I often hear people talk about our coiled texture – I’ve heard they’ve given numbers and letters to the type now – as coarse, brittle, rough, hard and unmanageable. Of course those in my generation were taught this from birth. And after hours of going through hair rituals and practices – frying, burning, braiding, de-kinking – why wouldn’t we believe our parents. After all, getting our hair done hurt.
It took me a long time to undo the mostly negative beliefs about my hair. I first went natural at 14 years old. In 1992, it was not a popular trend. “Why was I going back to my childhood?” my mother asked. On the contrary, I really wasn’t since, well, technically I was still a child, but also, I had my first perm in the 2nd grade. Ashamed of my natural tresses but hating perms, I kept my hair braided with extensions for the remainder of high school.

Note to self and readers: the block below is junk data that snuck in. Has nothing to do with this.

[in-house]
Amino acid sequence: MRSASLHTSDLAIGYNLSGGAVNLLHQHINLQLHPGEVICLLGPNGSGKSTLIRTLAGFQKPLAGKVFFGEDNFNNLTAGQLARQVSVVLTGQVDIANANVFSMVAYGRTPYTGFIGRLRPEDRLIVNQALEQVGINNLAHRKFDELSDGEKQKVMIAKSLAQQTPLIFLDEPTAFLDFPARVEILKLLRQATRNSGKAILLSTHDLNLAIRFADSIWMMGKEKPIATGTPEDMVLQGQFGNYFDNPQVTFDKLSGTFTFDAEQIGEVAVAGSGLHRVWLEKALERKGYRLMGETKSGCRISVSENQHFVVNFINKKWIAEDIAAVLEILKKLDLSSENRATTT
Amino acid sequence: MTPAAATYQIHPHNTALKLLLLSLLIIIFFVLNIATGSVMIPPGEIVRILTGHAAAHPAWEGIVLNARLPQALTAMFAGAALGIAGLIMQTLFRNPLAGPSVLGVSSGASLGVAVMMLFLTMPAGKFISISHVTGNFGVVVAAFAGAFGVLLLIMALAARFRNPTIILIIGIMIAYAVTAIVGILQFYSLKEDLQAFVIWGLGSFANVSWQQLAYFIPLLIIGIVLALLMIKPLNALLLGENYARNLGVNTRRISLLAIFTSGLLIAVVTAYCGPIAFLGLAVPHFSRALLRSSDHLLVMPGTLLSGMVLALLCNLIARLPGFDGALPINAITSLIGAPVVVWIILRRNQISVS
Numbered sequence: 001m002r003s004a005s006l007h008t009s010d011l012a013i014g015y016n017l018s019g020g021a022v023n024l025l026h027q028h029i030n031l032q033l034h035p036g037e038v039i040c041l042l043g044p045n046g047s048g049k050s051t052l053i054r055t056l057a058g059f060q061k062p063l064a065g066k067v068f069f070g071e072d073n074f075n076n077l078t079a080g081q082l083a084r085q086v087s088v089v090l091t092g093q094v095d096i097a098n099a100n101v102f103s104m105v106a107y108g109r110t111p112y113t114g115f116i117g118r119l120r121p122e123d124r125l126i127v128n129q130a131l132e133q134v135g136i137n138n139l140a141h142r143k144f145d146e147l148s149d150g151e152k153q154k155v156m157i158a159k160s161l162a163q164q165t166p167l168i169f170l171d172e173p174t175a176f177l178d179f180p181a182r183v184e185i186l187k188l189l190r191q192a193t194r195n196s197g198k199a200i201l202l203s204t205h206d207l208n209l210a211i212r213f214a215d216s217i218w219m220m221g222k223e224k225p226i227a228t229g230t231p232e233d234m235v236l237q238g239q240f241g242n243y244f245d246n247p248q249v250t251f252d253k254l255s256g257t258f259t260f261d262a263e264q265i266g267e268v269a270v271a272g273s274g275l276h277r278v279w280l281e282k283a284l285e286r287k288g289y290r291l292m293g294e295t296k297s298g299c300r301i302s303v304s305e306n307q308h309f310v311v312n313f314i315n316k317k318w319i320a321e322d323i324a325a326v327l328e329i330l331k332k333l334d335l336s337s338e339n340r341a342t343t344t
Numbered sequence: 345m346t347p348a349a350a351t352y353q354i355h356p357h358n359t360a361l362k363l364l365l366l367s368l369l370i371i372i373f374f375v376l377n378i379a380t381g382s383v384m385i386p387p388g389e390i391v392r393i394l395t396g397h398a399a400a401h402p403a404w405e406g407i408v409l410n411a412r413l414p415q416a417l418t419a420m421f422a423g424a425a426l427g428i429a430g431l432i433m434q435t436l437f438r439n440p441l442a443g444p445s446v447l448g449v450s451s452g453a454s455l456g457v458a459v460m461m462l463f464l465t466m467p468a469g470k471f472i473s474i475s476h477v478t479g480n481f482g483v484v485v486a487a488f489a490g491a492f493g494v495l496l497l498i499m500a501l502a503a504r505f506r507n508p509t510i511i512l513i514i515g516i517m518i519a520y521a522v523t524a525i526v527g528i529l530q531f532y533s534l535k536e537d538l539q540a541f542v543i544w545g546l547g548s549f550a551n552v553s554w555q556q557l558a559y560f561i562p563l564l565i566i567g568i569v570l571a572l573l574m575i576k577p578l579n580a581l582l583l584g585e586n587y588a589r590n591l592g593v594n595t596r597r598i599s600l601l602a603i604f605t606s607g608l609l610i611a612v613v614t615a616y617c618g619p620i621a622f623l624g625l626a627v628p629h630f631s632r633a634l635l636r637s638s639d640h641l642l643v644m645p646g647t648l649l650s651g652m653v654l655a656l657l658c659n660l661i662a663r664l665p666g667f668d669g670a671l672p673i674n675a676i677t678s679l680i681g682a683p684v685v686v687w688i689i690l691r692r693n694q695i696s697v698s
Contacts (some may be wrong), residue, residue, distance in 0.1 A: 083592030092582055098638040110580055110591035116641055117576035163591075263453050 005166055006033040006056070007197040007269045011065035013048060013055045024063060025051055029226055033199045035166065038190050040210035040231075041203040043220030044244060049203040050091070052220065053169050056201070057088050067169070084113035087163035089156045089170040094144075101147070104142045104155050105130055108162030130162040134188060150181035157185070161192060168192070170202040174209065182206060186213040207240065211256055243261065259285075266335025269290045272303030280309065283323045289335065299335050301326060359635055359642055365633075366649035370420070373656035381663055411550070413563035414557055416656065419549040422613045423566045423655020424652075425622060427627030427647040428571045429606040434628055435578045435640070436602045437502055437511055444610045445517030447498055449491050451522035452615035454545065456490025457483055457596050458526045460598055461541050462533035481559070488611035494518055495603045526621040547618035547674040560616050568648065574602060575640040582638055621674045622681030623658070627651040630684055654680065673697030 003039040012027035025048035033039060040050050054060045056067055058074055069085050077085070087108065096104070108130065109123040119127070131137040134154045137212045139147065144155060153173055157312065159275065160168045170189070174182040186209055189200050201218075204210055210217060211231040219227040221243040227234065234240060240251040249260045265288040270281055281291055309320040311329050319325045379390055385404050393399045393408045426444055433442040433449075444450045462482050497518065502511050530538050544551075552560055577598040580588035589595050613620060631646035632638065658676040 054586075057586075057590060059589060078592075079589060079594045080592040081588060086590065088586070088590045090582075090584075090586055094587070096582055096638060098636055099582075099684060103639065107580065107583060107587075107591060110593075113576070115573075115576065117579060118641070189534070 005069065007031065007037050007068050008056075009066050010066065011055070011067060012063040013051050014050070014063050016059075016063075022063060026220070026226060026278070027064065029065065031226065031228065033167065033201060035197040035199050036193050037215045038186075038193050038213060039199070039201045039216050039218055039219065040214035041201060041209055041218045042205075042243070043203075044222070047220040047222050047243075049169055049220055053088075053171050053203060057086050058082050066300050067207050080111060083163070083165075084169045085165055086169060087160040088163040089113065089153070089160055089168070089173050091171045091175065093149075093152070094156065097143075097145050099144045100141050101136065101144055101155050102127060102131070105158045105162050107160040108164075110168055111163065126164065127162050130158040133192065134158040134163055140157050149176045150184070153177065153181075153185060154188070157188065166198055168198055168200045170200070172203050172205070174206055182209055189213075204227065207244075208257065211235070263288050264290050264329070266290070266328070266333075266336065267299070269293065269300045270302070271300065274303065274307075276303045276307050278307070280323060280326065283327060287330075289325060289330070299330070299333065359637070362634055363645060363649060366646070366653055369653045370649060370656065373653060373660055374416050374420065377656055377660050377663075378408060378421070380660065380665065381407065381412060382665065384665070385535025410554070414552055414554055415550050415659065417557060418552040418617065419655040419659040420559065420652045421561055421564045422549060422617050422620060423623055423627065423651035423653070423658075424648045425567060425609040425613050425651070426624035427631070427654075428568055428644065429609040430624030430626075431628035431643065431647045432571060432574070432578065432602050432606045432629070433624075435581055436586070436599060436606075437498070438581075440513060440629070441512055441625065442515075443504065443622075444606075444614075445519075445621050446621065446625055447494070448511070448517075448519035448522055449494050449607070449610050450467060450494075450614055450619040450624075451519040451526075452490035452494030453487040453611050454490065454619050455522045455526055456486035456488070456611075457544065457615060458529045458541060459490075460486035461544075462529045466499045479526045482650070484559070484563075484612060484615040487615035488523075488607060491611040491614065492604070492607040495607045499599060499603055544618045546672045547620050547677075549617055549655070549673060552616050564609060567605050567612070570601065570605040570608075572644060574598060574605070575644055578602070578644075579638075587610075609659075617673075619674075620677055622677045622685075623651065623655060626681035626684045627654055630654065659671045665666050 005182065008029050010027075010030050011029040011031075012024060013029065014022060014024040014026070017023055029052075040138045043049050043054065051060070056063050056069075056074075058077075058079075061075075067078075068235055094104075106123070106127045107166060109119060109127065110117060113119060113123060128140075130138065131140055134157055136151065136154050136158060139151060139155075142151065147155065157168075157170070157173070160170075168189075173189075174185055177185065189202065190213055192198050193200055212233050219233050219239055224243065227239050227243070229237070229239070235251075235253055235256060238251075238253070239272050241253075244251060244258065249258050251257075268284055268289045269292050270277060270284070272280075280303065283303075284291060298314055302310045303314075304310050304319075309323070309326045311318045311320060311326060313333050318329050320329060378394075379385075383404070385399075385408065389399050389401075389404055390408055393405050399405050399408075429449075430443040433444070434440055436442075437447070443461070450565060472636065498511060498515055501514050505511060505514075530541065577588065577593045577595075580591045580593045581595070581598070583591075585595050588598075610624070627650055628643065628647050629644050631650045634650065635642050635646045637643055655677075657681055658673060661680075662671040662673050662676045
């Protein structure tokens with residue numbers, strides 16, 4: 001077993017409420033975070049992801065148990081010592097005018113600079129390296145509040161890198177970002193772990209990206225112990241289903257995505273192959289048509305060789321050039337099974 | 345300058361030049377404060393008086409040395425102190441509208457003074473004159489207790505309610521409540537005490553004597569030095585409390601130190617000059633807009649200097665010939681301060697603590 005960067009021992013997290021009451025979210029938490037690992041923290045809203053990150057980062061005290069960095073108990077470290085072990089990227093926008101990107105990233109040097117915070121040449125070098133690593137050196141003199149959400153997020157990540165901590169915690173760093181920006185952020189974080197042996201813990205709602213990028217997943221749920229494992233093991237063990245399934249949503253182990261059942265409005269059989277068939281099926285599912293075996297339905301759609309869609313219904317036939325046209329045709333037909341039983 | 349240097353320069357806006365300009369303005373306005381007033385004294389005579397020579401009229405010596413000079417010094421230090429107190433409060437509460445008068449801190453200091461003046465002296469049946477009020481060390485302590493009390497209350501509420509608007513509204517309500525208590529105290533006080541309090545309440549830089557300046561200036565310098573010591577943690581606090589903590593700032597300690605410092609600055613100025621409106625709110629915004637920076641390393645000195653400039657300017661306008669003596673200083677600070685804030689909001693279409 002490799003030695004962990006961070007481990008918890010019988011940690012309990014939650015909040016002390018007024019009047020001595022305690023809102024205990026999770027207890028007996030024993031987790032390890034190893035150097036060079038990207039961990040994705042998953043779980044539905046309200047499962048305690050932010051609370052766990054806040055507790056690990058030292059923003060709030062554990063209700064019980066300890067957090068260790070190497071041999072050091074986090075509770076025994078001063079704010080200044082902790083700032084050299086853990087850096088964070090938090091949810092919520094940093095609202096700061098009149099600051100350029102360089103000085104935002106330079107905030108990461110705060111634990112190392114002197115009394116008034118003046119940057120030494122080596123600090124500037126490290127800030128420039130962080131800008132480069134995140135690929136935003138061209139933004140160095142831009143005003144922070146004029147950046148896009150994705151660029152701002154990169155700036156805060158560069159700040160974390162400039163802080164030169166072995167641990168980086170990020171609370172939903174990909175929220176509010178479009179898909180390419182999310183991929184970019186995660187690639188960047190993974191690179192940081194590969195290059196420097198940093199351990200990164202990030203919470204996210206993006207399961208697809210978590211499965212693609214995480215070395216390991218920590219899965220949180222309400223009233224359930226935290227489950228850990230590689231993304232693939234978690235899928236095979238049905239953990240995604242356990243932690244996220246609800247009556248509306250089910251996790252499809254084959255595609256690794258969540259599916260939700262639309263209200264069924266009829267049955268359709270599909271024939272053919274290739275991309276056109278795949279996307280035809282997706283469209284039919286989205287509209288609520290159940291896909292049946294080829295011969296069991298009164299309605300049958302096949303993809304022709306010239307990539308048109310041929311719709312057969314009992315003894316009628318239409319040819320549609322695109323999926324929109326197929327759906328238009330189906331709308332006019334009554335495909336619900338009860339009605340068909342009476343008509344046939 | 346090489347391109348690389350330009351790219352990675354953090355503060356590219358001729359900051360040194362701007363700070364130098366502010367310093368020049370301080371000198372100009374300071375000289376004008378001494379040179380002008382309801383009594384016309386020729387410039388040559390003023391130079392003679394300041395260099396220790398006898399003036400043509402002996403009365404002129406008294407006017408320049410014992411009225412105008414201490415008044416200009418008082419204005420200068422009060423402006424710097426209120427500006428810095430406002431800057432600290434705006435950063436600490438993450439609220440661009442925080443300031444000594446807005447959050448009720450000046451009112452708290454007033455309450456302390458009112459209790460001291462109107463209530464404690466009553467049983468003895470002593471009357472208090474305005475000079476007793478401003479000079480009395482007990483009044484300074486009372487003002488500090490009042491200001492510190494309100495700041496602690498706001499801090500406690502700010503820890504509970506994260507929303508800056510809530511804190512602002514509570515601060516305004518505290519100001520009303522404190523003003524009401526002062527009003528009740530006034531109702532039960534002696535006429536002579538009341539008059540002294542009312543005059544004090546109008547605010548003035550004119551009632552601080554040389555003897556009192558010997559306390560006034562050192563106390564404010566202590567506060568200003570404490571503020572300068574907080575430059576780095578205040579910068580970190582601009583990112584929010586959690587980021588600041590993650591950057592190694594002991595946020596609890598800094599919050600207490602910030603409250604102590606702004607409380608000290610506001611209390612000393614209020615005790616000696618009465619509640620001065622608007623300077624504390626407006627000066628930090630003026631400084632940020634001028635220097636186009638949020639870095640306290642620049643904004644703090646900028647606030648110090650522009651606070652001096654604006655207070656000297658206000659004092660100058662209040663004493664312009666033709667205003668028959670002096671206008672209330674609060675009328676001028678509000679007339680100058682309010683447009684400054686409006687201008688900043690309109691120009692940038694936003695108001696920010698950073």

It wasn’t until I got to college that I saw a few black women wear their hair naturally as a style. I decided to take my braids out and not put them back in for a while. I think people don’t realize how stressful even braiding can be to the hair. After wearing my hair out, it started to relax. It didn’t feel the need to hold extra weight, be continuously burned (I used a hair dryer with a comb attachment quite often to “manage” my hair) or continuously pulled. It could finally just be.
Of course all of the hair products out now were not out in the late ’90s. No repair creams, softening lotions, etc. In fact most of the products were almost as harsh as the chemicals. So I only used shampoo and conditioner. And for the first time, I felt my hair … and it felt soft.
Felt, ink pens and fabric glue